Whitehouse Drupal and The Open Source Security Model

Sunday, October 25, 2009

Have you heard the news? The Whitehouse has decided to go open source. They have decided to switch from their own proprietary in-house CMS system to Drupal. You heard me right, Drupal. The same Drupal with 12 pages of vulnerabilities at OSVDB since it’s inception. I’m sure this made the Open Source community jump for joy, but I see this as a big mistake if you take it on face value and I’ll get back to that in a minute.

According to Dries Buytaert, “…this is a clear sign that governments realize that Open Source does not pose additional risks compared to proprietary software…” This is a complete fallacy. More than that, it’s a dangerous that non-security people are touting their knowledge of security as if it’s fact. Look, if you were talking about vulnerabilities per line of code or something, I may get on board with that statement, but that’s just not how the real world works. There is one very massive difference between open source and proprietary coded applications. I can pen-test Drupal all day long without sending a single packet to Whitehouse.gov. Further, if I’m a foreign government I can hire a small army of pen-testers for pennies on the dollar who can try every single attack known to man against every known Drupal configuration without setting off a single IDS alert at the Whitehouse SOC.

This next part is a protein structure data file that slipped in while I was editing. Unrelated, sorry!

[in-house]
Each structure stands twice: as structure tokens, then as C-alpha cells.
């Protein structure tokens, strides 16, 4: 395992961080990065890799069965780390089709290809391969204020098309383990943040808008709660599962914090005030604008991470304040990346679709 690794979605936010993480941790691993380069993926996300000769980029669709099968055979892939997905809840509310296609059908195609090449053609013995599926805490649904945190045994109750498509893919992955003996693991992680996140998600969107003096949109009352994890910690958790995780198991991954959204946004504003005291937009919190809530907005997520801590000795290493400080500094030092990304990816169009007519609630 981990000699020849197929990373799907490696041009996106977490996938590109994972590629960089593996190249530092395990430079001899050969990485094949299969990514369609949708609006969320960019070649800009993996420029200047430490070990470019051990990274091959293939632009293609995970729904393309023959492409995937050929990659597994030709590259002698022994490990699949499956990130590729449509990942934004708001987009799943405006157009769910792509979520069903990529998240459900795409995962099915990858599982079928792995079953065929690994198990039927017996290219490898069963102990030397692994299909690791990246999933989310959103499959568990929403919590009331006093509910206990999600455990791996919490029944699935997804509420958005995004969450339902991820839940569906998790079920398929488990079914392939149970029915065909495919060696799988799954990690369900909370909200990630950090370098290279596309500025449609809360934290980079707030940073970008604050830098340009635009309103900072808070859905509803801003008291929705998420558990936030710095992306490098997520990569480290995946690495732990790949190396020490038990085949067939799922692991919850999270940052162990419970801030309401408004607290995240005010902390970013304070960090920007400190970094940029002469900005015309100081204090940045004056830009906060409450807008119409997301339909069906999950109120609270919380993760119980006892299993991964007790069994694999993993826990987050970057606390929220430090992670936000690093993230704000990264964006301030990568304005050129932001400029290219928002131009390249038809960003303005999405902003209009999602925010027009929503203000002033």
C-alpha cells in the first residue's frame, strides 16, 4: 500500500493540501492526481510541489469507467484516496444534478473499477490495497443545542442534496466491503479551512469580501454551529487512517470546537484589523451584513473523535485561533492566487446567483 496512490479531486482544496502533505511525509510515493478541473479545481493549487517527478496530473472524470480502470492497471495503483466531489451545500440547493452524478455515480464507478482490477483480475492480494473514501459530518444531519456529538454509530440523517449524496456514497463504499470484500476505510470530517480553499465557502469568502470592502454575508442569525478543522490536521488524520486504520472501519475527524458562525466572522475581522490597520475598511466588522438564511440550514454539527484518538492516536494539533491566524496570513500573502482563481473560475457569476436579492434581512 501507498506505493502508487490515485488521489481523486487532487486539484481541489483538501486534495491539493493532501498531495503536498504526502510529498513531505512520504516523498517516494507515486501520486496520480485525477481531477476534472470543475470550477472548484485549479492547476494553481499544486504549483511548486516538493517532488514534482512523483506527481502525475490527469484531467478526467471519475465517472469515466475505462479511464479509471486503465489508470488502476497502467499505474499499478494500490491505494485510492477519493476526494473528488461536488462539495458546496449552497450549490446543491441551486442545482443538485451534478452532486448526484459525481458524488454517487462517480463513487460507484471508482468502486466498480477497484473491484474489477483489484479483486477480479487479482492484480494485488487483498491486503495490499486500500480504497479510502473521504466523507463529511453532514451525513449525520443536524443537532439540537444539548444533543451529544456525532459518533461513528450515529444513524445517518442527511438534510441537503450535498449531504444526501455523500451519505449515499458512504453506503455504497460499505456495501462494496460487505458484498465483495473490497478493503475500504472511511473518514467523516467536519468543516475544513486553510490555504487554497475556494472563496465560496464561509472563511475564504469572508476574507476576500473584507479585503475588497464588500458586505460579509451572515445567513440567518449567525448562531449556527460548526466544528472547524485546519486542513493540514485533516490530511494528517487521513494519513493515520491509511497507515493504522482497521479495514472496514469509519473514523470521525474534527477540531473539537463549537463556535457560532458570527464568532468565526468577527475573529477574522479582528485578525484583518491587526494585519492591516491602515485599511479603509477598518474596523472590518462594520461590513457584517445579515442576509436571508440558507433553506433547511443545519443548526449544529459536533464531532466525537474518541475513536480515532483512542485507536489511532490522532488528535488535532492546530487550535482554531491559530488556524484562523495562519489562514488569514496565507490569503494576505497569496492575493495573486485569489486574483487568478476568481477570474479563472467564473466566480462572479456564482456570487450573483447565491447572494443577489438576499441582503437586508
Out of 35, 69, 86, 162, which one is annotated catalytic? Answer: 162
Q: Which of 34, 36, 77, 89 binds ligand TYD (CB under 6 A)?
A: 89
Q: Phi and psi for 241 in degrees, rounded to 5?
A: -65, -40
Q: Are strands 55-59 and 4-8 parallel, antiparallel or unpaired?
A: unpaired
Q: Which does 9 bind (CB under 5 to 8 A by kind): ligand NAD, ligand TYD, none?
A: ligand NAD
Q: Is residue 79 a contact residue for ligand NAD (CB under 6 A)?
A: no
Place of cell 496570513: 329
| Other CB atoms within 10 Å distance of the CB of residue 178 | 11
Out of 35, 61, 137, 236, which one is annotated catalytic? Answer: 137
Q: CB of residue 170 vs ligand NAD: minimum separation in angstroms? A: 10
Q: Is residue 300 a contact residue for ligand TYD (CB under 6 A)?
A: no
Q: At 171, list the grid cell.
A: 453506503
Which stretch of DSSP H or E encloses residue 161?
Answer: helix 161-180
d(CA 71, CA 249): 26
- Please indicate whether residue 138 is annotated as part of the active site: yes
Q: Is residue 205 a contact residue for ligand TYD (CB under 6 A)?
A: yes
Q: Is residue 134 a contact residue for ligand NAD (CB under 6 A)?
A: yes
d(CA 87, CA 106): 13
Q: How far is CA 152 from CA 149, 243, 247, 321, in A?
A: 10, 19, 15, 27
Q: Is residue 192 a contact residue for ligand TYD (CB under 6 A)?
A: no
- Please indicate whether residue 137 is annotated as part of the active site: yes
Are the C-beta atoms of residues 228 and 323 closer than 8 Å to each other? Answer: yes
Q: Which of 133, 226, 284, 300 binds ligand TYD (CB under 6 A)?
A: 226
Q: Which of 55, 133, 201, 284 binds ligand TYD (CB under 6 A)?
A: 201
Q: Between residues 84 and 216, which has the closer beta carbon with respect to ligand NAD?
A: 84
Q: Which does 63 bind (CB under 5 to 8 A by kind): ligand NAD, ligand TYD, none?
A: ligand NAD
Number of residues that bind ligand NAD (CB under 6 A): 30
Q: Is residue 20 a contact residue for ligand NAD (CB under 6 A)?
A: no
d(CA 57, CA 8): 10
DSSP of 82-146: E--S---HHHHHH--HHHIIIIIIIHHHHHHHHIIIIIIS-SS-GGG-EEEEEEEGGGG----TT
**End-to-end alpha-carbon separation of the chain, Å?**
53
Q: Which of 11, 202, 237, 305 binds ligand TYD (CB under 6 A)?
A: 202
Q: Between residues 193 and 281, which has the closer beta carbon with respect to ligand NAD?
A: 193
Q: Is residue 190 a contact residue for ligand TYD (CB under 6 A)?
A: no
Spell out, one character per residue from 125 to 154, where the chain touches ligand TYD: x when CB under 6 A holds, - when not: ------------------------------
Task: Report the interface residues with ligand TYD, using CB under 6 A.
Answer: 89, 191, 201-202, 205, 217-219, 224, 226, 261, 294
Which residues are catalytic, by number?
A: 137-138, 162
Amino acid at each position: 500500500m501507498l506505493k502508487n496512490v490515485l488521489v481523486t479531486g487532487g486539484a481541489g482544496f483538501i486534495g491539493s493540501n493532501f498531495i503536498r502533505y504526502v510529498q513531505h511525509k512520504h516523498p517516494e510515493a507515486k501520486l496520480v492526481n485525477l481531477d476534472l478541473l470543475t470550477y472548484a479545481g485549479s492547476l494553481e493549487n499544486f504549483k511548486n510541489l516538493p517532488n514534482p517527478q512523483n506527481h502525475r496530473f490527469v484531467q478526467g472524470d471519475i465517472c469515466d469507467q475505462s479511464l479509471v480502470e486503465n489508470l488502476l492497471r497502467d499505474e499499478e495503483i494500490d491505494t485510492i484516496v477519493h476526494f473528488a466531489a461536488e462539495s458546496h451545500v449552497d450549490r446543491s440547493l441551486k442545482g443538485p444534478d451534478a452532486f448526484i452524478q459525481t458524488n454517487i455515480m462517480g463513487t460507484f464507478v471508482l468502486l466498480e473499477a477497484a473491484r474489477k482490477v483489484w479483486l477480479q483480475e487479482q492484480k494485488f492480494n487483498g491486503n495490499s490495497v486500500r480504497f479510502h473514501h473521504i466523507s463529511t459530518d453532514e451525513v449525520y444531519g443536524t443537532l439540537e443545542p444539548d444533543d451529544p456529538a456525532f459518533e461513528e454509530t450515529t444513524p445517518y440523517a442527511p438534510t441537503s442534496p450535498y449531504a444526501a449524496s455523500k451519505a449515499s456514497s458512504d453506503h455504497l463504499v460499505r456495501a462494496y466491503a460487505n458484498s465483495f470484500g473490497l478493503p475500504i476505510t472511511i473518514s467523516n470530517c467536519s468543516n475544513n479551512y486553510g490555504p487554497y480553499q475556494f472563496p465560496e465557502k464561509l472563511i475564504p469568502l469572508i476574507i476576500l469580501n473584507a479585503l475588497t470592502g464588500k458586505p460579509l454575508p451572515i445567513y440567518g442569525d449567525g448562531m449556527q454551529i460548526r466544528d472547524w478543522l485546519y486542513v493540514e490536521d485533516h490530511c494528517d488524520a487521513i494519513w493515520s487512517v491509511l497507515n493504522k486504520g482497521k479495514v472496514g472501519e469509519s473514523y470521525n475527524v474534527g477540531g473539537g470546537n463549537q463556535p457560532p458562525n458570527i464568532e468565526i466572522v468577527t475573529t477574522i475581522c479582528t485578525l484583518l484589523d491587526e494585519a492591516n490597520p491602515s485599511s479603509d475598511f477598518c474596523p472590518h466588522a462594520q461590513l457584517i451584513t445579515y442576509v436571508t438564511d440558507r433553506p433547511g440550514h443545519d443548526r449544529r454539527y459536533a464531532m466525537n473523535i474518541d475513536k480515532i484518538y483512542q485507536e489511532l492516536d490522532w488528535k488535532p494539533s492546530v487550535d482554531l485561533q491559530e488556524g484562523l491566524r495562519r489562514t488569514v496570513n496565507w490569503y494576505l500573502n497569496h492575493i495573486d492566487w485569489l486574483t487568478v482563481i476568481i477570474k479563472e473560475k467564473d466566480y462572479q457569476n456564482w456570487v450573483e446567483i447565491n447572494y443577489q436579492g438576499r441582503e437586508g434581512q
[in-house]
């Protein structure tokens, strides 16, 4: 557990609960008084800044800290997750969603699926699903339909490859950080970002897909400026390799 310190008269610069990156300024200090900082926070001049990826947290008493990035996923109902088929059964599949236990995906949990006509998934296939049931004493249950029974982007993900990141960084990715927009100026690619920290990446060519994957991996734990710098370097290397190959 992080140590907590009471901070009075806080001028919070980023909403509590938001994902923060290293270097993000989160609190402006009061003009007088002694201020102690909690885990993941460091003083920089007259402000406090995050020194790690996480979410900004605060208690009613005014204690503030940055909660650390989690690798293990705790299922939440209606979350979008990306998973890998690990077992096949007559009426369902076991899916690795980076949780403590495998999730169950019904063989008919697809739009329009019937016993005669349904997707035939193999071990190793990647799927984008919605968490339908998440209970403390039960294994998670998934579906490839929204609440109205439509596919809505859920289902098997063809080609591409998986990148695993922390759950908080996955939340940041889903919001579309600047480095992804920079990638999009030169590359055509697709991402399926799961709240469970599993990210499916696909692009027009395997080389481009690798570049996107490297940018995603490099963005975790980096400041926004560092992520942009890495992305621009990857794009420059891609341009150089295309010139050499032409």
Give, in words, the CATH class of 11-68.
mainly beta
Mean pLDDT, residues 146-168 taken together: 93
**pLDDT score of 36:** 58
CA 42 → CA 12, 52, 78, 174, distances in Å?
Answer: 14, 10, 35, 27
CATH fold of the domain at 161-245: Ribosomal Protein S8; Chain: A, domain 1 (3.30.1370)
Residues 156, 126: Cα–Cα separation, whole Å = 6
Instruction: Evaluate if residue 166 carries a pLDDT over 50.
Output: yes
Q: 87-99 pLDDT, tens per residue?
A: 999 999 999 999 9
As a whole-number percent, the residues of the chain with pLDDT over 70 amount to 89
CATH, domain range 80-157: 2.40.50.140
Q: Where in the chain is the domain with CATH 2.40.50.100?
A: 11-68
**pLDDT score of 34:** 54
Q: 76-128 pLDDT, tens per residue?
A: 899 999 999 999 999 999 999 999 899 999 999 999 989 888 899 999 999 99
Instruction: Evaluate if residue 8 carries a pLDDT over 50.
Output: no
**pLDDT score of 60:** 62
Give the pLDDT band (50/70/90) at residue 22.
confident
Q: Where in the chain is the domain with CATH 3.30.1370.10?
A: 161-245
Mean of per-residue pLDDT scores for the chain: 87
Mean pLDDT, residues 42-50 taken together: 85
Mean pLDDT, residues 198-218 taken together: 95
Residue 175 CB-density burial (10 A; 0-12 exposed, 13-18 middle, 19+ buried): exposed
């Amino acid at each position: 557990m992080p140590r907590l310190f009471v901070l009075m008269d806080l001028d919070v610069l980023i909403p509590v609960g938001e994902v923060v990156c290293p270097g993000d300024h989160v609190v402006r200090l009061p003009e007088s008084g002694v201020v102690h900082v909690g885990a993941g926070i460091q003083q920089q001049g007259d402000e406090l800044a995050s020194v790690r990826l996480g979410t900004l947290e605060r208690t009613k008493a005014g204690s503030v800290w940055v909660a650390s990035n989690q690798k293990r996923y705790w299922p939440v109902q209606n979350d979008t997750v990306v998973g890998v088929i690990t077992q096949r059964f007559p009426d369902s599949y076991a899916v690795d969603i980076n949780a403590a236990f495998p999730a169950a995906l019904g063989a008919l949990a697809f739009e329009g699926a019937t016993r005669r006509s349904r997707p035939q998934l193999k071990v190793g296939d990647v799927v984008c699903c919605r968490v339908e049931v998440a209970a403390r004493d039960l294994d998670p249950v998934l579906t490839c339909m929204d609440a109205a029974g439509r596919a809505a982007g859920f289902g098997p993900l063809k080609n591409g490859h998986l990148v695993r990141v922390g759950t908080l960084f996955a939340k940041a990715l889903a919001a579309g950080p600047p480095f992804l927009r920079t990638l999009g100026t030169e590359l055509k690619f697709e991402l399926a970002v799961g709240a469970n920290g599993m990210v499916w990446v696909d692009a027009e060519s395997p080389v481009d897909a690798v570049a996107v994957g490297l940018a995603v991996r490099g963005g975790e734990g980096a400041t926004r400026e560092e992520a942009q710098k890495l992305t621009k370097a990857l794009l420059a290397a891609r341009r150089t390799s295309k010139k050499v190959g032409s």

Now, like I said, I see this as a huge mistake, but only if you take it on face value - that means that if the Whitehouse is installing the same Drupal install that you yourself could download and run on your own machine with no tweaks or changes whatsoever, then yes, that’s just foolish. But there’s almost no way that’s true. Like ha.ckers.org they most likely chopped it up, removed all the unnecessary functionality, stripped it down to bare bones, locked the server up so tight it would be impossible to even upgrade it without an act of Congress and on and on… And if you think they’re going to blindly upgrade with every new update that Drupal.org puts out - well I have an EV cert I’d like to sell you. And how is a locked down highly customized variant of Drupal different than a proprietary solution? So don’t jump for joy too quickly, this is either a marketing ploy or it’s going to end badly for National Security. Either way.

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